As far as seasonal ledes go on Sac Rag, they don’t get more boilerplate than “We here at The Sac Rag love us a pumpkin patch.” So it’s that time of year to do the thing. Pumpkins, corn mazes, apple pie, the works.
From a friend out on a ride I heard a tale of an individual dressed in full grim reaper garb, including sickle, and mounted on a black steed, stationed at one end of the bridge over the river from William Pond to Goethe Park . Just from one report I am willing to dub this individual the wearer of the greatest costume ever seen in Sacramento. Did anyone else see this?
(By the way, is there a name for that bridge? RonTopofIt and I are stumped on that.)
UPDATE: RonTopOfIt came through. That bridge is called the Harold Richey Memorial Bicycle Bridge.
I visited the Party City store yesterday on Arden Way and couldn’t help but notice the costumes designed for our little ones. Seriously, what’s worse? Dressing your “boy” up as a Convict Clown (“This scary clown should be locked up”) or Rapsta (“F’Shizzle, this costizzle is the dizzle!”)?
Scary thing is, I am sure many kids will be one of these without ever visiting the costume store. You can guess which one, yo.
There is a common belief that wealthy neighborhoods are the Holy Grail for harvesting the most Halloween candy. However, to provide a more holistic approach to trick-or-treating, the Zillow Trick-or-Treat Housing Index was calculated using four equally weighted data variables: Zillow Home Value Index, population density, Walk Score and local crime data from Relocation Essentials. Based on those variables, the Index represents cities that will provide the most candy, with the least walking and safety risks.
That’s decent news for Sacramento. We need decent news, right?
If you haven’t played around with walkscore.com, give it a shot. My house only received a 43 out of 100 and was deemed “Car Dependent” with 81% of Sacramento residents having a higher Walk Score.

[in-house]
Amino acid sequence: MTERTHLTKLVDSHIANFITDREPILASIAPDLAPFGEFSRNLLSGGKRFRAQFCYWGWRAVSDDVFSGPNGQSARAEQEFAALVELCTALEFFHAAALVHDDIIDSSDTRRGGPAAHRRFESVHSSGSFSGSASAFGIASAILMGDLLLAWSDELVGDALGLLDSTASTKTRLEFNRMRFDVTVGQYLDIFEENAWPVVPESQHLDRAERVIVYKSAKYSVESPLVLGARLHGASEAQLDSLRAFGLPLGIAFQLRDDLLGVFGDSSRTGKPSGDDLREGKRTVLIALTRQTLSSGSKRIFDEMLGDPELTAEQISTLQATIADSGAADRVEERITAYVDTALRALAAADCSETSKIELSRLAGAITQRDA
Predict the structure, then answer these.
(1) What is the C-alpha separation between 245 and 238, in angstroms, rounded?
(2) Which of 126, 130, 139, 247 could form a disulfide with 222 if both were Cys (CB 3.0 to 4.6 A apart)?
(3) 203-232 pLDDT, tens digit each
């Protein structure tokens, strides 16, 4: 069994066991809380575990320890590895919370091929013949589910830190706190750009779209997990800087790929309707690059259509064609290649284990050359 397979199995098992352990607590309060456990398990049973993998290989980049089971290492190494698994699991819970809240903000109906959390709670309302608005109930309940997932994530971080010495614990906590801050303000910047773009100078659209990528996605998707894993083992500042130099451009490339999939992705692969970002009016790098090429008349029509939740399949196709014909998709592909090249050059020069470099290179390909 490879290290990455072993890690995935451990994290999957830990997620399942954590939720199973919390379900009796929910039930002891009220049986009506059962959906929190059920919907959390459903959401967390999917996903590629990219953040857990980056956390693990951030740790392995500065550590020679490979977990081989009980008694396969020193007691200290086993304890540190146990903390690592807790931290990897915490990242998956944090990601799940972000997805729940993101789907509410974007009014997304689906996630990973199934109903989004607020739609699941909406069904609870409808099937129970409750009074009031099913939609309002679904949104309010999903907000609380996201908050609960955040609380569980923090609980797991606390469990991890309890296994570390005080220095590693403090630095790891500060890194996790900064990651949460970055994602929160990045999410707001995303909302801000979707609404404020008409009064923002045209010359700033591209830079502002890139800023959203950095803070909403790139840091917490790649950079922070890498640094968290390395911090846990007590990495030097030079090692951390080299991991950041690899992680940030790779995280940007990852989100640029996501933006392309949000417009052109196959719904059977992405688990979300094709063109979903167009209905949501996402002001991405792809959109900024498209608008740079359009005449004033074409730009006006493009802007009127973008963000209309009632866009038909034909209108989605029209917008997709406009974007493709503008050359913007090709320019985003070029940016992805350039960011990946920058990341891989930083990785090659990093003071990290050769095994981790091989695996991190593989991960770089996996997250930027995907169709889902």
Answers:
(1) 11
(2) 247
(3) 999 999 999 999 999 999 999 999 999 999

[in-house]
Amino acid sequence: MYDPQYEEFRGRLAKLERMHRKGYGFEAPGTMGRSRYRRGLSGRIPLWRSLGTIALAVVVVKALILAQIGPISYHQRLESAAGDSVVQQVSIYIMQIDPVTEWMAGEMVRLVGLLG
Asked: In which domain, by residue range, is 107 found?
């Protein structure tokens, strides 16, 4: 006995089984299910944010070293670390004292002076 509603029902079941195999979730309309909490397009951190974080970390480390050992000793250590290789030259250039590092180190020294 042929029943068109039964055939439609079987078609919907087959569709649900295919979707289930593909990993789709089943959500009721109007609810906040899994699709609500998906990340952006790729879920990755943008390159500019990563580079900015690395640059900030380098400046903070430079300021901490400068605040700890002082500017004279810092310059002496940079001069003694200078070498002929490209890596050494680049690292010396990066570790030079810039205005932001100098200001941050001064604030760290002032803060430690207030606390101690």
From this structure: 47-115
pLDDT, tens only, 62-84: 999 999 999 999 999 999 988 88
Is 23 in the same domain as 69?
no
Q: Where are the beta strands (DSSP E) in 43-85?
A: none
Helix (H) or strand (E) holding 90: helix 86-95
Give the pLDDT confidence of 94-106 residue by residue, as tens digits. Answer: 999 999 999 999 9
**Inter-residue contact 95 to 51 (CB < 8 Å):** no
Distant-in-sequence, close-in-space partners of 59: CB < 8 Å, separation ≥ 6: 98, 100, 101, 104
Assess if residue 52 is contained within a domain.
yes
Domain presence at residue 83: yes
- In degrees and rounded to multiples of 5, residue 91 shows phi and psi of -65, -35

This year, October 31 not only brings us candy and costumed fun, but it brings us AMC’s “The Walking Dead,” based on the acclaimed graphic novel published by Berkeley’s Image Comics. However, local film series Movies on a Big Screen is showing George A. Romero’s 1968 classic “Night of the Living Dead,” widely considered the finest example of the zombie film genre. So your options are a classic that you have seen a bazillion times but maybe never on the big screen with other fans, or the small screen debut of a more relevant story and a soon-to-be classic.
We took the family to “Boo at the Zoo” for some Halloween revelry Saturday night. It was a great costume party for the whole town, and it seemed like the whole town was there — they might want to open up a little bit more of the zoo next year. Since they had the train going down the main avenue I take it that area is not off limits at night: they should probably open that up to take some of the strain off the narrow walkways around the pond. The dance party tent was a great addition.
The best costume I saw on a grownup was a guy in a Halo soldier costume wearing an apron and carrying a spatula: “Master Chef.” Nice work, whoever you are. I also saw a totally scary Ray Trethaway costume. 🙂
A Sacramentan’s go-to Halloween guide featuring tips onÂ ghost stories, jack-o-lanterns, costumes, ghostly haunts, and spirits.
Ghost Stories: No Halloween party is complete without a haunted tale. If your theatrical skills are lacking, or youâ€™ve long forgotten how the story of The Hook ends, Iâ€™ve got the answer for you! Professionally-narrated audio ghost stories are available for download from the Sacramento Public Library. Simply download your favorites and turn up the volume. You are no longer limited to the spooky CD of the door creaking or the smash hit â€œMonster Mashâ€ played on repeat. These ghost stories are sure to send tingles down your spine.